I don’t know about you, but time is a seriously precious commodity. So much so that I’ve often thought about trading my delicious weekly hotdogs from the canteen to get just a little bit more.
Then I remember I’m not some warlock who could mysteriously make more time whenever it’s needed. Plus, the hotdogs are too ridiculously delectable to give away…for anything.
You better believe it.
As teachers we are always scrambling to the next thing, chasing a thing up, searching for a thing to use in class or trying to remember what thing we were supposed to have done – yesterday.
Whilst we can’t simply whip a wand out, shout an incantation and enjoy some good ol’ fashioned frozen time, there are some simple tricks to help get the most out of a typical week.
Put Aside Time for Checking Emails
Every day I try and put aside two bits of time before and after school for email. The morning is a quick 15 minutes to do a check to see if there are any major things to be aware or that I might need to follow up for the day.
Anything else that requires more time or attention gets picked up after school…when I’m not thinking about the million things we carefully balance throughout a typical day.
The afternoon session is usually 15-30 minutes to touch base or reply to and call parents, follow up things identified in the morning and generally wrap up anything needed. As you get into a habit of putting this time aside you’ll get quicker at wrapping things up.
Finally, I’m heading home before the sun goes down!
Book in Time for Some Creativity and Imagining
Ah, my favourite time of the week. I only started doing this a couple of years ago, but it’s a small thing that can make even the worst of weeks that little bit better. We know teaching is a creative job – every single day we are crafting messages, telling stories, selling ideas and seeking to connect some of the toughest audiences you’ll ever face.
What do you mean you’re not interested in dividing fractions?
We spend so much time giving most of ourselves to others. Book in some time throughout the week where you get to write down any ridiculous personal or professional ideas you have.
- Ice caves trek through northern India? Jot it down!
- Using water balloons, digital scales and targets for a lesson combining chance language, capacity, weight, percentages and estimation (and kids/teachers possibly getting soaked)? Add it to the list!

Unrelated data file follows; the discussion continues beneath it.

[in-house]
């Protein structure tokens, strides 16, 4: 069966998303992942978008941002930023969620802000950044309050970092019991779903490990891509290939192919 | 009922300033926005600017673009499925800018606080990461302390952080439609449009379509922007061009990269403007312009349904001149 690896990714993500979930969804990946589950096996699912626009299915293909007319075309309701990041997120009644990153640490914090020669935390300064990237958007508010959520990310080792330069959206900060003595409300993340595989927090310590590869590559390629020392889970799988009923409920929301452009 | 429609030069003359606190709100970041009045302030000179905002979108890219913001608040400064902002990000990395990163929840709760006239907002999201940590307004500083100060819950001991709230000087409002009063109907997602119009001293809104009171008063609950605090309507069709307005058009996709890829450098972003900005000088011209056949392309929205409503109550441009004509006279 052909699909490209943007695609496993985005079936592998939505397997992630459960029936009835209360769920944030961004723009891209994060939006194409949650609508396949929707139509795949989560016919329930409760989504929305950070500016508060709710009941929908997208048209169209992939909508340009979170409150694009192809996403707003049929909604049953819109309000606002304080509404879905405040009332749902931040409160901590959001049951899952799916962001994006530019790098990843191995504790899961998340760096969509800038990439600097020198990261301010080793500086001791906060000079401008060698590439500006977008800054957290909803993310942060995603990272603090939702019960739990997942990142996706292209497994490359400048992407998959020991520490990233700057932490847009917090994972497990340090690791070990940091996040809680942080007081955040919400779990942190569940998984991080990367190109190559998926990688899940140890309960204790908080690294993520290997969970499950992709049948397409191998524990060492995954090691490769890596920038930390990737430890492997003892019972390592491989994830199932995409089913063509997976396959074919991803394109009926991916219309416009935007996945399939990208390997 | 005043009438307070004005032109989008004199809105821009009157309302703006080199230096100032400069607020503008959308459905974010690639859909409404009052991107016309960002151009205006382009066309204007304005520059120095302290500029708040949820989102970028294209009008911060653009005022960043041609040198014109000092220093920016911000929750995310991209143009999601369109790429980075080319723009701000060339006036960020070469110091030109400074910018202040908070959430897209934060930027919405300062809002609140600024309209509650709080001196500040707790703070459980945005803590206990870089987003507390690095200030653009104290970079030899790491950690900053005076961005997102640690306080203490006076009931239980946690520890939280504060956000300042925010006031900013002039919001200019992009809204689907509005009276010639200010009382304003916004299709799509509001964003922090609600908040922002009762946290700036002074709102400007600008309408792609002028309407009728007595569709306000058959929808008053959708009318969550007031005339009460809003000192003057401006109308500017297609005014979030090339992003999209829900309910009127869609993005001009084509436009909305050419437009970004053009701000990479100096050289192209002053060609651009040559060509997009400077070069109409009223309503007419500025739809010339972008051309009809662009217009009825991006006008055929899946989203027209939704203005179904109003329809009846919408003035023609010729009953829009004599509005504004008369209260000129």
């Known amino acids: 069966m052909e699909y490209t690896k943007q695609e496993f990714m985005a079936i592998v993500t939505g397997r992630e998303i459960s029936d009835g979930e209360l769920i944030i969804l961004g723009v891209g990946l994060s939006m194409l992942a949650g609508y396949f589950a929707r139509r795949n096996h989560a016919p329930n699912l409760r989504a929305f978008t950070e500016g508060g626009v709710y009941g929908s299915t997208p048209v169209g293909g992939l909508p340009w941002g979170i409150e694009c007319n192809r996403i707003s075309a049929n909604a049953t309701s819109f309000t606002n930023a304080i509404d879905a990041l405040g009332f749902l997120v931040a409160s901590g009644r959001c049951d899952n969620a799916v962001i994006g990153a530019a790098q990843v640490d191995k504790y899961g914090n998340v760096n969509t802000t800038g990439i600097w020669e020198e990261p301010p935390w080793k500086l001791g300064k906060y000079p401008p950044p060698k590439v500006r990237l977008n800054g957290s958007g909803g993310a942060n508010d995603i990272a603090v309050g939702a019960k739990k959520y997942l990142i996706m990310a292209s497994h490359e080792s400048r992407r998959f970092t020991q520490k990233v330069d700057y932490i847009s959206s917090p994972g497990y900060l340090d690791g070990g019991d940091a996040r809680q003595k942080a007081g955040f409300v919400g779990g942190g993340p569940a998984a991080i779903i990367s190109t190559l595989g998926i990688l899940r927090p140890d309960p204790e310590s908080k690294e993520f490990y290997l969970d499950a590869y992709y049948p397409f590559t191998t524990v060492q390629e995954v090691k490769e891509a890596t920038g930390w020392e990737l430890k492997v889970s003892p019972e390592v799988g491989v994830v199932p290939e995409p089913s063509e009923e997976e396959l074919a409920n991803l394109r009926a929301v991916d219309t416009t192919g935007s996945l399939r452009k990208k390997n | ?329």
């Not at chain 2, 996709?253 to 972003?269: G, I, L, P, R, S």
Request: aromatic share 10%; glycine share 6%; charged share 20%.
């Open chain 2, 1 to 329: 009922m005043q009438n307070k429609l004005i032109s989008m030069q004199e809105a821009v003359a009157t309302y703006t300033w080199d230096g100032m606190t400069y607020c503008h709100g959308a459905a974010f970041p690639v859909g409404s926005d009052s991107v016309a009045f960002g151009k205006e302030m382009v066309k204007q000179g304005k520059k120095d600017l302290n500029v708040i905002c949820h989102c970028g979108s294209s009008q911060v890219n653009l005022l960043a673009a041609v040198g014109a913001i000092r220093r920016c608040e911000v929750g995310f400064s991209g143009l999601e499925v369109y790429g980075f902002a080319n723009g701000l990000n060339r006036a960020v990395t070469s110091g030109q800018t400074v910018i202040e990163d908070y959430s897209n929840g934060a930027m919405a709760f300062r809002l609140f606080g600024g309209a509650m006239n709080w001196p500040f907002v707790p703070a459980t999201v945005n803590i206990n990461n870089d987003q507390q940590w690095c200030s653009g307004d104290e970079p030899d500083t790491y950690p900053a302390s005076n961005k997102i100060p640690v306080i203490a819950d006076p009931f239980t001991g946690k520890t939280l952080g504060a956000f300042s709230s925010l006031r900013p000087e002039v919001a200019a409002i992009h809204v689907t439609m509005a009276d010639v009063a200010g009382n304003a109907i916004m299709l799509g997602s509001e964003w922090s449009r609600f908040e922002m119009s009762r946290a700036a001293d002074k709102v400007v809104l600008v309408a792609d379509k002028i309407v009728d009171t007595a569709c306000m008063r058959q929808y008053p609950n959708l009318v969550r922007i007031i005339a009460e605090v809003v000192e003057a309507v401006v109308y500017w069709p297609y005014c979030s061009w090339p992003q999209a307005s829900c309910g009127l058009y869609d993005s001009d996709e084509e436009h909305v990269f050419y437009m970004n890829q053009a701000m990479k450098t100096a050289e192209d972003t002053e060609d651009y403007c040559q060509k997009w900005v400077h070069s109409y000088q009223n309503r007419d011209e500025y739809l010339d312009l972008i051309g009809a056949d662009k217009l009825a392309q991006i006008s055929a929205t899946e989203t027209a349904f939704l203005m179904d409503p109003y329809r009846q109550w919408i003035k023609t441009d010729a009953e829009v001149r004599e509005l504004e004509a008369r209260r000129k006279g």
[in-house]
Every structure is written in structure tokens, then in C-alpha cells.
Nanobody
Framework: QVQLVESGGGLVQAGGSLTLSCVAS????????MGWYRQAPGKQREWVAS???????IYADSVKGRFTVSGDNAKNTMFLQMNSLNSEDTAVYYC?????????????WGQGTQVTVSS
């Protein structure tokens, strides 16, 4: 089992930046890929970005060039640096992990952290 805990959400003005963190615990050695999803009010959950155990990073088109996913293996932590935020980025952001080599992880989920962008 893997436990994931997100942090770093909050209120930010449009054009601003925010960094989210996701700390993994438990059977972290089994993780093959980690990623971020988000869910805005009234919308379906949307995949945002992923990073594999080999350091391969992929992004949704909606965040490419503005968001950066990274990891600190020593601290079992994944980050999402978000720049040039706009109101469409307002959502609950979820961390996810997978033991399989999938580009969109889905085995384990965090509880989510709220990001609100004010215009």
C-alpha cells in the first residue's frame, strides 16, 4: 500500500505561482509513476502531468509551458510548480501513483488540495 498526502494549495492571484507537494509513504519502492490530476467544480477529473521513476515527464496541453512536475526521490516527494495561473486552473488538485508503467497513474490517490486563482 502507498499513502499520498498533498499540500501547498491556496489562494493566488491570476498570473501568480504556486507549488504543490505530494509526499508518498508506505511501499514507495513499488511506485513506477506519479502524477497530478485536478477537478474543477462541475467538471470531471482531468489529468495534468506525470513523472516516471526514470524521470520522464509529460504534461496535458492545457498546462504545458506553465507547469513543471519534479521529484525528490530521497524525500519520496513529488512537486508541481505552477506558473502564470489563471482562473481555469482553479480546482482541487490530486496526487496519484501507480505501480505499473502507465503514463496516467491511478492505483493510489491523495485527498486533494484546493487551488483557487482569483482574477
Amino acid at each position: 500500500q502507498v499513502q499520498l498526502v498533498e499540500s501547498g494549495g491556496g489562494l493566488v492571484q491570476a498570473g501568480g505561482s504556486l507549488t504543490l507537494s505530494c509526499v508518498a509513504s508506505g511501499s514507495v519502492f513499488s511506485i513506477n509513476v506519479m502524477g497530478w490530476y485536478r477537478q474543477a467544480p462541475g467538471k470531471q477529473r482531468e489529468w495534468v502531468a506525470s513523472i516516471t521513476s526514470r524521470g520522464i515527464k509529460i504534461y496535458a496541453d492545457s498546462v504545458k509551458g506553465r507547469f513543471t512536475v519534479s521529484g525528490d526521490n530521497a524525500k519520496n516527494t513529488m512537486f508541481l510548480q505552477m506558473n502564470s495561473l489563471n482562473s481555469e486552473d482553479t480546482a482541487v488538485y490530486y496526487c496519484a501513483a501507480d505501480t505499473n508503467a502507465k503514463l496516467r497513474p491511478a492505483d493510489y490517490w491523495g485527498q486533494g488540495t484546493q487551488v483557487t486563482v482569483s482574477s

- App idea that will change the whole education landscape? Get those ideas down!
It’s important to still be able to get excited or inspired about things…even as a grown adult/big kid. Put some time aside for you and don’t forget to do it each week!
Bring on ice treks, water balloons and game changing apps!
Use Planning Time for What It Is Really For…
There’s nothing worse then finally getting some time to smash out that next lesson, unit or week of upcoming targeted group work, only to find at the end of your time you really don’t have much to show for it.
The first you need to do is work out what you are actually planning. If you just go in thinking “get Week Four sorted” it can be a hell of a lot harder to stay focused and actually feel like you’ve achieved something.
It’s been two weeks and I still haven’t started anything…
Be specific. Plan guided reading groups, humanities sessions for the next two weeks or Circle Time activities for two weeks.
Turn up with resources you have thought about using, or have had recommended. Don’t dump a pile of books…you’ll just end up using your time looking through books. Be selective with a couple of resources you know are relevant.
Set a deadline – twenty, thirty, forty minutes – then leave your mobile out of the room, get rid of all those tabs you have open to limit distractions (or open a new window for your work). Then do what you said you were going to do! Get it done!
You know you can.
Make Time for Celebrating What You HAVE Done
This is a simple and easy one to do. My wife and I at some point throughout the week will talk about small or big things we’re proud of accomplishing. We usually do this at the start or end of dinner, or during a walk around the streets. Things like not turning up to school with my daughter’s snot on my pants, getting that quiet kid to laugh out loud or running a meeting where people left excited about upcoming things.
As teachers we often remember the things we haven’t done, even though there are a HUGE number of things we are doing. Think about these, share them and then celebrate them (I find a crisp high five, knowing smile or slight head nod with a knowing smile is a great way to celebrate).
Take a mental bow, you’ve earned it.
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